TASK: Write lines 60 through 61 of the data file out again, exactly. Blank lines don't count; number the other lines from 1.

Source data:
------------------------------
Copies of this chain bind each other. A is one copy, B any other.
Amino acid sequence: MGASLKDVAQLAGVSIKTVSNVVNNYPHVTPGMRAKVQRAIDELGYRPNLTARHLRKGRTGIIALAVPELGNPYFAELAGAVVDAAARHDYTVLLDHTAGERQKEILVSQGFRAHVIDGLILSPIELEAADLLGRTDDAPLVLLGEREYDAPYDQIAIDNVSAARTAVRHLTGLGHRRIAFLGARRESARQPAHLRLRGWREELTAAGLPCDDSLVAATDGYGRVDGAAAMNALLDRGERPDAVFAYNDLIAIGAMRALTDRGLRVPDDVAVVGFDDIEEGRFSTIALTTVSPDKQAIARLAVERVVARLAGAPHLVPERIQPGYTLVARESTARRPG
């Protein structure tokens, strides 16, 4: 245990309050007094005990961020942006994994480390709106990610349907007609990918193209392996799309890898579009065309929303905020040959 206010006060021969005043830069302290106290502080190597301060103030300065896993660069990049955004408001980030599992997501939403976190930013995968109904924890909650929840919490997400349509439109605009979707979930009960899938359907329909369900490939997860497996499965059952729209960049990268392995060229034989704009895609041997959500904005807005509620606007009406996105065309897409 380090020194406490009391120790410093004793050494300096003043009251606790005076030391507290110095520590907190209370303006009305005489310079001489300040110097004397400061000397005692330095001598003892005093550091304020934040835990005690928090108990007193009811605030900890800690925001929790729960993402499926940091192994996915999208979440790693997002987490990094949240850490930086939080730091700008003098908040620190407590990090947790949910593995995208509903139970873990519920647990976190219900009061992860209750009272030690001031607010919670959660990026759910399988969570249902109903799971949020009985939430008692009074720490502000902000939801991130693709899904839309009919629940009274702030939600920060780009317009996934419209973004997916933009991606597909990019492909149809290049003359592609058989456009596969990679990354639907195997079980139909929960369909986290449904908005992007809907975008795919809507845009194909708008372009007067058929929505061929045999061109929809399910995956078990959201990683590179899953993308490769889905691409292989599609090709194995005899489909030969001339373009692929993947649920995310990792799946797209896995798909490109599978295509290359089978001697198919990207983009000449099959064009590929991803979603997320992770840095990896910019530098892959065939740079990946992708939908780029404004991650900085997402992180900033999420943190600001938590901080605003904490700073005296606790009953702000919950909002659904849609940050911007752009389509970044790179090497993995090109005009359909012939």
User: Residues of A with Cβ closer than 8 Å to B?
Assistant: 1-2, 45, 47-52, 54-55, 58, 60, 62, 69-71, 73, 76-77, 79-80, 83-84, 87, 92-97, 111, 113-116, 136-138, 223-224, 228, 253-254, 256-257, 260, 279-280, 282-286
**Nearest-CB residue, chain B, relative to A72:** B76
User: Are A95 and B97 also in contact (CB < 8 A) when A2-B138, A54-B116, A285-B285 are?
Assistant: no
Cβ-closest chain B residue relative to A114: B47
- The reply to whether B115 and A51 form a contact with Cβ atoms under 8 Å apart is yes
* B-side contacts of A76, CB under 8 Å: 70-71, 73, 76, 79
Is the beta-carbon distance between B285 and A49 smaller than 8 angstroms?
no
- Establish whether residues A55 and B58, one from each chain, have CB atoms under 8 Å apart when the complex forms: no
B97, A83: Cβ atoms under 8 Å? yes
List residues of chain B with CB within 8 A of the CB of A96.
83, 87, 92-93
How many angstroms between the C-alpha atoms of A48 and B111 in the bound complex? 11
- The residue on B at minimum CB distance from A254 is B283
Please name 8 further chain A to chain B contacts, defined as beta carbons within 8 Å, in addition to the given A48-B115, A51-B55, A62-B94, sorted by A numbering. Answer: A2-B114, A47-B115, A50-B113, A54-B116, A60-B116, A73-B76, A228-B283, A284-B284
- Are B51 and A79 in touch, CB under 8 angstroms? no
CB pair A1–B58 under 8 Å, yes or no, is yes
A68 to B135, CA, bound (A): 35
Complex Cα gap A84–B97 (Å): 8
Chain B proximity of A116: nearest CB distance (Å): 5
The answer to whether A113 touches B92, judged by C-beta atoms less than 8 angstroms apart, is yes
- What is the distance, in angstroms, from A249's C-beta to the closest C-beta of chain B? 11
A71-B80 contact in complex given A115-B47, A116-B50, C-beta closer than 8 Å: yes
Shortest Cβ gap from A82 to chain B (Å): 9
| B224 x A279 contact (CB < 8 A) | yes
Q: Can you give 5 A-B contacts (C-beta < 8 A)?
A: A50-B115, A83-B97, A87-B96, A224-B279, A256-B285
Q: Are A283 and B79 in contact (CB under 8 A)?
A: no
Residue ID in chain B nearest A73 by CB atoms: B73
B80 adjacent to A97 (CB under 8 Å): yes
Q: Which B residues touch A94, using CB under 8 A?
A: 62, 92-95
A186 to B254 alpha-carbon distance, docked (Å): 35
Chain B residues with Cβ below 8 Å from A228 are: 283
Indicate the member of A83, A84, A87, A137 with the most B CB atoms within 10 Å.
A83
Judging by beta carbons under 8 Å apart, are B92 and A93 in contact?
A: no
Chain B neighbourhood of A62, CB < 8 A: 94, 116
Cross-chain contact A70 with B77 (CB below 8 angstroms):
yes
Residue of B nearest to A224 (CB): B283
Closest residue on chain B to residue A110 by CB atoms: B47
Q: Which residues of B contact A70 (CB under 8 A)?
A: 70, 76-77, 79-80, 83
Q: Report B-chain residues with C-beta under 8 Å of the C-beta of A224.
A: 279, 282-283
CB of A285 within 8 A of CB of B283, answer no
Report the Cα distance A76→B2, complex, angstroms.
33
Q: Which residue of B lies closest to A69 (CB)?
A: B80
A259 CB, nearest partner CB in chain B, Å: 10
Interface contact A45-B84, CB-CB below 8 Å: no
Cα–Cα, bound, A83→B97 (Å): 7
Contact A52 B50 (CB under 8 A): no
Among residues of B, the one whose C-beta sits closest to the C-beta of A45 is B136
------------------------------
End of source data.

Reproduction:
Interface contact A45-B84, CB-CB below 8 Å: no
Cα–Cα, bound, A83→B97 (Å): 7